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September 11, 2014

Technology Corner: My Pitt Email


This summer, the University community experienced an email shift. Computing Services and Systems Development (CSSD) established 90,000 accounts on a Microsoft Exchange-based service called My Pitt Email.

The move was made in order to provide a service more responsive to people’s current email habits and to reduce complexity.

Functionality aligned with email habits

Over the past year, CSSD surveyed University faculty, staff and students. Suggestions for improving the existing Pitt email service included implementation of something — anything — to replace Webmail for students and provide them with the kind of email interface used in professional environments. New features, particularly calendar capabilities, also emerged at the top of the list among the most important improvements needed.

We also conducted focus group sessions to hear people’s ideas and concerns. Individual preferences varied, but some common themes emerged. People using were much less satisfied than people using Exchange email. Security, the ability to continue to use Outlook as an email client, and the potential to provide students with persistent email addresses after graduation frequently were cited by faculty and staff as priorities.

Reduced complexity

In the past decade, the number of email users and accounts has increased, email’s role in professional communication has increased, spam and virus attacks have increased, file sharing options have increased, and the number of platforms on which people access their email has increased.

We wanted to provide the University with one email service that works for all members of our community: faculty, staff and students. We needed a service that would provide the same experience whether someone was working with email through a web browser or a desktop email client.

And we wanted a University service consistent in its professional functionality, its security and its maintenance.

Microsoft offers that kind of email service.

Implementing My Pitt Email

Over the course of a weekend at the end of July, 90,000 My Pitt Email accounts were set up to send and receive email for Pitt faculty, staff and students. Stored email messages then began to be transferred from the former system to the new accounts.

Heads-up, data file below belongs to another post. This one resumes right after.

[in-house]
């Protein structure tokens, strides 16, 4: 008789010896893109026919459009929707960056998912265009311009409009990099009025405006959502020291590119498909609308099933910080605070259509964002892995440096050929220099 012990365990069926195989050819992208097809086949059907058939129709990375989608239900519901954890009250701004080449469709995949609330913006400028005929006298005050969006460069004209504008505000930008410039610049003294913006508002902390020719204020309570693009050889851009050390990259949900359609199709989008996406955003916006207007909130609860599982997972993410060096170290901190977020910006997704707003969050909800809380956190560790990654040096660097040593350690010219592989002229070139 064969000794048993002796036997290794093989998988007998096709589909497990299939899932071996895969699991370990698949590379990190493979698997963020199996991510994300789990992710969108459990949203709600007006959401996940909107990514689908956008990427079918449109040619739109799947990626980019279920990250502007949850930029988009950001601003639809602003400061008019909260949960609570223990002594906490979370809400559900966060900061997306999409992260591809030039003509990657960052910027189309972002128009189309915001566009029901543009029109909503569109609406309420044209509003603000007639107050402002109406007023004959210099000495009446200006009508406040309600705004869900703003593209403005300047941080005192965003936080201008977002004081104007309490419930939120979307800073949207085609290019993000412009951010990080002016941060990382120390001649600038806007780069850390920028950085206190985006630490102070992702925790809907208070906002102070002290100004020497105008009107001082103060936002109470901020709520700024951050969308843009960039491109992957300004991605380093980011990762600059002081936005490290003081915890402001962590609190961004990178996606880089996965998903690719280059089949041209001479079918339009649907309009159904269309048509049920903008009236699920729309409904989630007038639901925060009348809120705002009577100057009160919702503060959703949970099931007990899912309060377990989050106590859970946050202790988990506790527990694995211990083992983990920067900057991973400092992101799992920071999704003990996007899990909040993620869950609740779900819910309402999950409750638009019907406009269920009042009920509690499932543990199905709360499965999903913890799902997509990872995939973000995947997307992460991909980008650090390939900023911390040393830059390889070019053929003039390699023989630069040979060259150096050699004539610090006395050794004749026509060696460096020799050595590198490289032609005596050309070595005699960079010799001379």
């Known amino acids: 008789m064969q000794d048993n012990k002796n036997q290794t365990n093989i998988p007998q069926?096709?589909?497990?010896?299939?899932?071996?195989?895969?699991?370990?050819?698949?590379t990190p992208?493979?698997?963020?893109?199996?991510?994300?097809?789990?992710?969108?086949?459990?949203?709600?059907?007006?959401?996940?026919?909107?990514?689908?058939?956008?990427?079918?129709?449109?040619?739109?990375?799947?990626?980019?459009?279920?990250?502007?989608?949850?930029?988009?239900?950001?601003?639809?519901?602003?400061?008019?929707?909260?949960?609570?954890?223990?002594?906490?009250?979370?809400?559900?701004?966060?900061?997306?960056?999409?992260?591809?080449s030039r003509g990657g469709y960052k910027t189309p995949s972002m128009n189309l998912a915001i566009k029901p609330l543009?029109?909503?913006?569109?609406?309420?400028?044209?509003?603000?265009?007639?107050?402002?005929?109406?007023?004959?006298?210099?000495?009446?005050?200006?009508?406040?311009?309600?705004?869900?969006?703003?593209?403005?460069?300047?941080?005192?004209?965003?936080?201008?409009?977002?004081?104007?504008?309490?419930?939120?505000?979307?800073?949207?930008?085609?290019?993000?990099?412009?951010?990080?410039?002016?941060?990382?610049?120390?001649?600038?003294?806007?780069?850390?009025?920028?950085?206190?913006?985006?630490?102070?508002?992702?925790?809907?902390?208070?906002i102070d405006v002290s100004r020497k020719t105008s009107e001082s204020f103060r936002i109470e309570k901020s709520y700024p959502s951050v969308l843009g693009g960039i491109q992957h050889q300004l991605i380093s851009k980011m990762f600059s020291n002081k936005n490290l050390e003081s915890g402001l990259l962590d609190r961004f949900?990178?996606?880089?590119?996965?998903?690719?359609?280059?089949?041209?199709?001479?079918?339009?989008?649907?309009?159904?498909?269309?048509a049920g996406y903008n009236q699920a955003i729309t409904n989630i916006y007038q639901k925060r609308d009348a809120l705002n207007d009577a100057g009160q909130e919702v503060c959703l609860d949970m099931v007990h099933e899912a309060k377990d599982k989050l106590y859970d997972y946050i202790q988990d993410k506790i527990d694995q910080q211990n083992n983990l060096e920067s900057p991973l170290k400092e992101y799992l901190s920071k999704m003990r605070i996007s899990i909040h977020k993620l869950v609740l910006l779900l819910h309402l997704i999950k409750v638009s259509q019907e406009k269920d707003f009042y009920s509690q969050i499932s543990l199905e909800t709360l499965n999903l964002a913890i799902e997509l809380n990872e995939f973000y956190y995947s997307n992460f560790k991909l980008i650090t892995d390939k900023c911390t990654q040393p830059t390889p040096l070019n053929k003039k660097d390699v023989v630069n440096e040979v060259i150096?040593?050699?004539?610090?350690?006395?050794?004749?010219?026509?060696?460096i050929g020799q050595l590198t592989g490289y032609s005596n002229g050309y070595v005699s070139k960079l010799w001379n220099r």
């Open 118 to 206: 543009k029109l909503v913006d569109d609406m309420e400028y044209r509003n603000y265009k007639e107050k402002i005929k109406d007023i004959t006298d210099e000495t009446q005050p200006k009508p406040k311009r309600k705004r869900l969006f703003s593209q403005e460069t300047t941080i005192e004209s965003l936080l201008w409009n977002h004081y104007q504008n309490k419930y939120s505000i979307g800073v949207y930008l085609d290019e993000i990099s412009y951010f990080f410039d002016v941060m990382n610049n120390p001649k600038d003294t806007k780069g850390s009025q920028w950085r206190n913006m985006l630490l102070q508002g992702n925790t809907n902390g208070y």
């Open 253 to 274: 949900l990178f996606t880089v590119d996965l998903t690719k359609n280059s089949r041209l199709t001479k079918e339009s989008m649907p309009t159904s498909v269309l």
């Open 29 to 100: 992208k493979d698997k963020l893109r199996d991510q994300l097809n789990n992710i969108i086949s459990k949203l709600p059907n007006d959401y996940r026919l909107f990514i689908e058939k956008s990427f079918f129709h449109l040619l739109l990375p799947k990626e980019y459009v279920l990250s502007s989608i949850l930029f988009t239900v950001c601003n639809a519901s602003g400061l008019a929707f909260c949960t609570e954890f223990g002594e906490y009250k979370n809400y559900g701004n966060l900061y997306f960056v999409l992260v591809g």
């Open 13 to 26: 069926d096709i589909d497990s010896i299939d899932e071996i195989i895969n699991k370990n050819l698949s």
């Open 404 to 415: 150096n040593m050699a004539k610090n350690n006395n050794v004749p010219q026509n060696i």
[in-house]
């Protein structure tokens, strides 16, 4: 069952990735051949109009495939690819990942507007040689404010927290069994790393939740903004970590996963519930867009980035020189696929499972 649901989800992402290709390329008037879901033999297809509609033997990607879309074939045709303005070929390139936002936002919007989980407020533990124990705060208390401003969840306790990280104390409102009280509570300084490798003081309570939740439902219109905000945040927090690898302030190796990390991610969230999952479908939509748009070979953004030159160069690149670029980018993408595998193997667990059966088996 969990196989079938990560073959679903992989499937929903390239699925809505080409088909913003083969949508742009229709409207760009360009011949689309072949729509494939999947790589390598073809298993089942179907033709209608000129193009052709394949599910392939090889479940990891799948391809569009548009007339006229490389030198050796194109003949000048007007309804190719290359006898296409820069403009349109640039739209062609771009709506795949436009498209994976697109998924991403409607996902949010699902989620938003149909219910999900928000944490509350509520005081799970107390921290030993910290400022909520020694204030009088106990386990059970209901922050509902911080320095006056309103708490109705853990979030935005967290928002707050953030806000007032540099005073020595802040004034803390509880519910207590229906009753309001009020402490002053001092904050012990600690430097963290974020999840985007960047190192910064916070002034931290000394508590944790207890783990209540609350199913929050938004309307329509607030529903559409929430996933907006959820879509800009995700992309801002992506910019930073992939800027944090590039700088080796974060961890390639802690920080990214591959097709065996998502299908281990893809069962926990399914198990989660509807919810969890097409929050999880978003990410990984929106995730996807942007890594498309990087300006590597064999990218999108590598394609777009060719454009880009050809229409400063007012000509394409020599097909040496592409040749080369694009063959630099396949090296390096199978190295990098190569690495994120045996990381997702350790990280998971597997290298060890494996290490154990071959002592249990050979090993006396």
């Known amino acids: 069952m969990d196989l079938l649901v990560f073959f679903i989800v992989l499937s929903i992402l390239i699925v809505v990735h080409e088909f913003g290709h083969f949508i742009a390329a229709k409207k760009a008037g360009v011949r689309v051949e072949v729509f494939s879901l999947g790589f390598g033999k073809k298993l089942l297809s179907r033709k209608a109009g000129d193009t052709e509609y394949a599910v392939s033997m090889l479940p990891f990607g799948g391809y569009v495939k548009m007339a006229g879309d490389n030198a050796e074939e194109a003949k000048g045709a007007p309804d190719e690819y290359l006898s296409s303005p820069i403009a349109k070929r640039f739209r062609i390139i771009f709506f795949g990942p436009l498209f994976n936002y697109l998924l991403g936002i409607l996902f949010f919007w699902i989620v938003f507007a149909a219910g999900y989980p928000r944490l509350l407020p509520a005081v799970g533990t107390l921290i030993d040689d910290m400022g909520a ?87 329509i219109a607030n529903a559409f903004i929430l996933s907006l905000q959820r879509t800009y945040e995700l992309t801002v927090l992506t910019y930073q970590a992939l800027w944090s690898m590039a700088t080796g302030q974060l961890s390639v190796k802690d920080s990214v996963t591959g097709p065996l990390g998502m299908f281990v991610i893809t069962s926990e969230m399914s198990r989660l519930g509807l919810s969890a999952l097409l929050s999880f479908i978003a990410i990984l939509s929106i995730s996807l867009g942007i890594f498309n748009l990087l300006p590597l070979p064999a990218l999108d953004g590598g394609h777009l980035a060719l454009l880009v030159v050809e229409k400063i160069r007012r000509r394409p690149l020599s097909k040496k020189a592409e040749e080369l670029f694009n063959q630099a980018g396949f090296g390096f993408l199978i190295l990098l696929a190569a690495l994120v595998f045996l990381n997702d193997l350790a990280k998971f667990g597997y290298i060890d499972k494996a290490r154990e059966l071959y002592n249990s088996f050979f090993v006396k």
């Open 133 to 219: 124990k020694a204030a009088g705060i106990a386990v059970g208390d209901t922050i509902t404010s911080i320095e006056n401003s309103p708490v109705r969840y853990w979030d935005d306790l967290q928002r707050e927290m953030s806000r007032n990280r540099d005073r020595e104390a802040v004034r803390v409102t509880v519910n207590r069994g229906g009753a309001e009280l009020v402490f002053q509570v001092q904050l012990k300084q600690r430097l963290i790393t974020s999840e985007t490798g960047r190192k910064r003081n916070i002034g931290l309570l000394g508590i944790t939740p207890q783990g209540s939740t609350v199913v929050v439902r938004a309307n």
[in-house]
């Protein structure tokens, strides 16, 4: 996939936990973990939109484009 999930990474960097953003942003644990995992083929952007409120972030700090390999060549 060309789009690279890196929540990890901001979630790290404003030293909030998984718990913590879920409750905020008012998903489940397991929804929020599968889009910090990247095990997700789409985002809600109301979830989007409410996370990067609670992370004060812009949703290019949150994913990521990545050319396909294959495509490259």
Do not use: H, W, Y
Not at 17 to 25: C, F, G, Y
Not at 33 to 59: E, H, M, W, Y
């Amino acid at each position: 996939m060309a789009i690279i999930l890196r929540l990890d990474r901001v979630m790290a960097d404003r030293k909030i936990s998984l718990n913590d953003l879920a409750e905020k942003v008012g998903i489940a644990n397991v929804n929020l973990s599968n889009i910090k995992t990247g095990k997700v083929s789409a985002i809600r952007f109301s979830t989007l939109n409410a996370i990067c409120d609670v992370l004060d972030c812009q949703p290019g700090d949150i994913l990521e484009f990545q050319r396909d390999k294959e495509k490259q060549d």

While the transition wasn’t free of surprises, the process went very smoothly, given its scope. We were able to quickly address the issues that arose and minimize inconvenience for users.

New opportunities

My Pitt Email is just one aspect of the Exchange service. What does having all members of the University community on an Exchange system provide in terms of improved communication and increased productivity?

• Mobile integration. Address lists, calendars, contacts and email all will be synchronized to supported mobile devices. When you add a contact on your smartphone, the contact also will be in your account when you view it on your desktop. Similarly, when you make a change to your calendar while working at your desk, that change will sync up on your tablet or other mobile device.

• Calendars. Now that everyone is on the same system, scheduling meetings and appointments through calendars is much easier. For instance, department meetings can be scheduled by having the administrator send out a calendar notice to everyone; upon receipt of the calendar notice, the individual either can accept it (in which case the meeting automatically will be placed on his or her calendar) or decline it. The administrator then will have a record of planned attendance before the meeting date.

Instructors can supplement office hours by inviting students to schedule appointments. The student can see which times on the instructor’s calendar are marked as busy (the student won’t be able to see details) and can send a calendar request for an appointment at a particular time; the instructor then can accept the appointment, decline it or propose a new time.

• Handling junk mail. The spam filter is integrated in My Pitt Email so that you can manage the filter directly through Outlook. If you receive an email message that you consider junk, you can flag it as junk directly from the message screen.

Instead of having to go to a separate web-based site to periodically check messages caught in the spam filter, you receive a weekly summary of messages identified as junk or spam. You can scan the list and release any legitimate messages caught in the filter, or you can just see what’s there and delete the summary.

• Extras. People who like to-do lists have new capabilities for managing those lists through the Task feature in Exchange. A map feature in Exchange can recognize what appear to be addresses in an email message, establishing an automatic link to a map showing the address location.

For more information, drop by Tech Row at the University Store: A tech support person there will be happy to show you some of the unique features of the new system.

Moving forward with My Pitt Email

From a technical perspective, the University’s email migration to the My Pitt Email service has been a success. The system works and security was maintained. We are continuing to adjust and optimize the system in response to users’ feedback.

But the real success of technology, especially at a university, is measured in more than “It works.” The move to My Pitt Email will be a success if faculty and staff find surprising ways to leverage the technology in the coming years.

How will you take advantage of these new capabilities?

Dan Menicucci is an enterprise architect in CSSD, helping to make the most effective and strategic use of Pitt’s IT assets.